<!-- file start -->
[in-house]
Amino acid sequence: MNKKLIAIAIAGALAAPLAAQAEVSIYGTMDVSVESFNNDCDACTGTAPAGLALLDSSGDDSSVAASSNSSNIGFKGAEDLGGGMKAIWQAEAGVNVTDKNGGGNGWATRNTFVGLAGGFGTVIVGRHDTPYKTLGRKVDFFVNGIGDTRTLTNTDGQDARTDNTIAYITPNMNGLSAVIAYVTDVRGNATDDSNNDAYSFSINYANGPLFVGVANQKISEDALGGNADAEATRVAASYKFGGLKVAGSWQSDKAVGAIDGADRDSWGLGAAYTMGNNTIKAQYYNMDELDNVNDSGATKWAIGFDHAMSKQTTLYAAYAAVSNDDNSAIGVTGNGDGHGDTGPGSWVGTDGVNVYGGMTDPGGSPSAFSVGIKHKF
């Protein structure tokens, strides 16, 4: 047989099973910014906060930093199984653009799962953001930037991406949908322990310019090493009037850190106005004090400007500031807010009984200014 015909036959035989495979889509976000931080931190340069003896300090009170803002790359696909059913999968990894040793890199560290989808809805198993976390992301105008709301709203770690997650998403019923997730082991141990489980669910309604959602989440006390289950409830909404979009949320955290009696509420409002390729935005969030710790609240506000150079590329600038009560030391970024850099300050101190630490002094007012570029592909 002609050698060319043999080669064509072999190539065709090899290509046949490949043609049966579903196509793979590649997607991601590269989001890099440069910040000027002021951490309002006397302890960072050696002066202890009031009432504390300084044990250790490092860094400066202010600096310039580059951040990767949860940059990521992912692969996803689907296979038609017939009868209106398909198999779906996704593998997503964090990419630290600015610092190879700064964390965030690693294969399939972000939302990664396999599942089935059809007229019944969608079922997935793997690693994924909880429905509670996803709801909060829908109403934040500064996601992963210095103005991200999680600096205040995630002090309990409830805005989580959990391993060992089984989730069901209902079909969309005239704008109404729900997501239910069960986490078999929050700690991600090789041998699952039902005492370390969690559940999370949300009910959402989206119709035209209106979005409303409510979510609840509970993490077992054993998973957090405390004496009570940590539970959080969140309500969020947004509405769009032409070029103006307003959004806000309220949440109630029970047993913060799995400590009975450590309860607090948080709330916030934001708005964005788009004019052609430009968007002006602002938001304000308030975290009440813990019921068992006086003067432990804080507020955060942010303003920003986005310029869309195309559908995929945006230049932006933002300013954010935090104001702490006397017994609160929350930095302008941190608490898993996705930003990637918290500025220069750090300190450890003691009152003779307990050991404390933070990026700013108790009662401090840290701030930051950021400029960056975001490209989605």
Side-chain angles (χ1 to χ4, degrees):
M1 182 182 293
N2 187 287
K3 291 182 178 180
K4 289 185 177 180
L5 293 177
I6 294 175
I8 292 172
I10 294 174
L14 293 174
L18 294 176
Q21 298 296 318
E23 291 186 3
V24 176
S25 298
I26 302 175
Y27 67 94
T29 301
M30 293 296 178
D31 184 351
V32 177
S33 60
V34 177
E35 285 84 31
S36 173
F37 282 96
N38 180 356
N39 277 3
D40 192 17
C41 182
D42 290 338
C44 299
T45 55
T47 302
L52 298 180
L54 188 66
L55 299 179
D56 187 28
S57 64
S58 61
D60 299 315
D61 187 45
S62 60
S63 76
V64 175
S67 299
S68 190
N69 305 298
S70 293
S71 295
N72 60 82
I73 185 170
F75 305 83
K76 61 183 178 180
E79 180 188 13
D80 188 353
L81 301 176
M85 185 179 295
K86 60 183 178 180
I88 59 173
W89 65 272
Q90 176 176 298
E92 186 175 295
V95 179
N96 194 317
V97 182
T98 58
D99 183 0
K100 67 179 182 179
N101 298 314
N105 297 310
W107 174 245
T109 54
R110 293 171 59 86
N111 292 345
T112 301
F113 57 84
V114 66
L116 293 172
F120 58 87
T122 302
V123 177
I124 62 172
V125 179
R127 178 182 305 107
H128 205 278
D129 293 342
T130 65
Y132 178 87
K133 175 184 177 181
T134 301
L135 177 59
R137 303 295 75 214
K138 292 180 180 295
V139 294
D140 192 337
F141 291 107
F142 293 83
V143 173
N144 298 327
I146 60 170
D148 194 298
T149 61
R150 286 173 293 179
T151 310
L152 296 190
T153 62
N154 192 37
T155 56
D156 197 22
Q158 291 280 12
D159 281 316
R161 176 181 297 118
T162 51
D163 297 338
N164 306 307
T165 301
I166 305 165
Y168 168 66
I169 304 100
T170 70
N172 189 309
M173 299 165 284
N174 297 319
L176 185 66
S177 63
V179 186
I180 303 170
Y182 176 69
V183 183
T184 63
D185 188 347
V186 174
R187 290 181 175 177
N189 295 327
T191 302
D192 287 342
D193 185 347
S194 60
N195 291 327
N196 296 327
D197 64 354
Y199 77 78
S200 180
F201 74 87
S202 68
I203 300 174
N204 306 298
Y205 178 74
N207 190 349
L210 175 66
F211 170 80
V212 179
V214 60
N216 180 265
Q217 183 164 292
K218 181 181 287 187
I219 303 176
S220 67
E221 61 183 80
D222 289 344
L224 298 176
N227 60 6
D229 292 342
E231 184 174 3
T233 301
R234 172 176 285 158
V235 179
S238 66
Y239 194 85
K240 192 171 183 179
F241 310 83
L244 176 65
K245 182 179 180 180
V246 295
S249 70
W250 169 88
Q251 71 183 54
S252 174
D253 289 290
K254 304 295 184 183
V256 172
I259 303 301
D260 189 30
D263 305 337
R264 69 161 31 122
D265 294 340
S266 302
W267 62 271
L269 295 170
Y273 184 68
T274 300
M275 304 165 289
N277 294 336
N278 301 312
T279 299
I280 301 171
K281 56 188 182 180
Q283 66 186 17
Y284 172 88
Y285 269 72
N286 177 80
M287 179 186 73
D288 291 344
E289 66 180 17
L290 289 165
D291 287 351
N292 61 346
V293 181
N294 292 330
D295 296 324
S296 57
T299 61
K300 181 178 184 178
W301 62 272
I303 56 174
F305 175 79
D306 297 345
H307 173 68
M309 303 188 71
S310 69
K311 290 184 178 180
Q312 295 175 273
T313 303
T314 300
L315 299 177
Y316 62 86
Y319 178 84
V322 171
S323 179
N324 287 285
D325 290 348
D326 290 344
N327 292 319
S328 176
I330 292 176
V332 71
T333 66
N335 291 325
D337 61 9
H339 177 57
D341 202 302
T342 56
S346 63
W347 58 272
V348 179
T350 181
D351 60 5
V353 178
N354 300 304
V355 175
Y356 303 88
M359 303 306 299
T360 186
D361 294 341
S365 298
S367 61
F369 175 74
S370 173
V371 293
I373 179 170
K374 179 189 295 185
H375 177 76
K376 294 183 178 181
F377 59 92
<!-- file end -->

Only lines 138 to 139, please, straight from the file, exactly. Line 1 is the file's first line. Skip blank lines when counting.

N189 295 327
T191 302